When I found a lump in my breast several years ago, I couldn’t bear to tell my mother. She was already walking in the shadow of cancer — not because she had it herself, but because she had become a cancer caregiver.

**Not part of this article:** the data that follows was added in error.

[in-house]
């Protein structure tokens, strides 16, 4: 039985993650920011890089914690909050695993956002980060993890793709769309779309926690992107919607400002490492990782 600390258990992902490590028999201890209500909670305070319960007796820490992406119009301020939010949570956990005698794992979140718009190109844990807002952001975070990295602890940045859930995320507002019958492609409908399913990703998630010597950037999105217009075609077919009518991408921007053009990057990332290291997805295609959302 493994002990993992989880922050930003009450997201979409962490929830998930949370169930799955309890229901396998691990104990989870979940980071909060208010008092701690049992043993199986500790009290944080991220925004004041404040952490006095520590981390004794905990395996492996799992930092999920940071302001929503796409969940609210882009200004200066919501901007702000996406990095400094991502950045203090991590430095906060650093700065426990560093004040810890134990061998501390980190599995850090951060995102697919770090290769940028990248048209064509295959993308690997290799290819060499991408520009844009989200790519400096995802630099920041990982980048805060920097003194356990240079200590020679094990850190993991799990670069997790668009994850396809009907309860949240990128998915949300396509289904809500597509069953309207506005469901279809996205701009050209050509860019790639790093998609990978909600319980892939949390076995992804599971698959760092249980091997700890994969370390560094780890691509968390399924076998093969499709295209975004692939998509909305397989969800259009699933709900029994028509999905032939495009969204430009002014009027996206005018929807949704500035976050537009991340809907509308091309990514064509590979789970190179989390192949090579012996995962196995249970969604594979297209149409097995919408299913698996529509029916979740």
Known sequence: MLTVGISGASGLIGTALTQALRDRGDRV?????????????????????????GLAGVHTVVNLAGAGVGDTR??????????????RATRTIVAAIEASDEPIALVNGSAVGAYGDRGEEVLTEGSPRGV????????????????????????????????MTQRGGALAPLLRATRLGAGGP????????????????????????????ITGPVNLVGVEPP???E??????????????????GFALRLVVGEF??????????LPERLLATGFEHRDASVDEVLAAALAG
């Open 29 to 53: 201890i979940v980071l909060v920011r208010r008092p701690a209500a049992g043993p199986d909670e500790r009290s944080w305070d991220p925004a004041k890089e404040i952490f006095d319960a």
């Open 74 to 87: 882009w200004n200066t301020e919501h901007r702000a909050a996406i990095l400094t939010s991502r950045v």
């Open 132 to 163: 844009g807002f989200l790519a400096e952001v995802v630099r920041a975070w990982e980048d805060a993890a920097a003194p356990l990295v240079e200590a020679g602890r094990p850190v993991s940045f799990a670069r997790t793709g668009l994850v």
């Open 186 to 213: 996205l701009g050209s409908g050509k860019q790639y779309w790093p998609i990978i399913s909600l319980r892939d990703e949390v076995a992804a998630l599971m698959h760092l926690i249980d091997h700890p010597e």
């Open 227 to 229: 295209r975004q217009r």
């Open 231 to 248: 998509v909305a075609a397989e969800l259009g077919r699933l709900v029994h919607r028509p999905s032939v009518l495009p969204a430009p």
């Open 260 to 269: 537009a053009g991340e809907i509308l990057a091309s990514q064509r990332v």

My family tree is blighted with cancer. My paternal grandmother had a radical mastectomy in rural North Carolina in the 1940s, a procedure that left her with an open, weeping wound where her breasts had been. Family legend says that she couldn’t find a white doctor (there was no black doctor for miles) to take her as a patient. She went instead to the local veterinarian, who referred her to a white doctor who didn’t let race get in the way of his oath “to do no harm.” On that same side of the family, a great-grandfather shot himself to death after a cancer diagnosis, an act of deadly pragmatism to avoid his cells’ painful betrayal.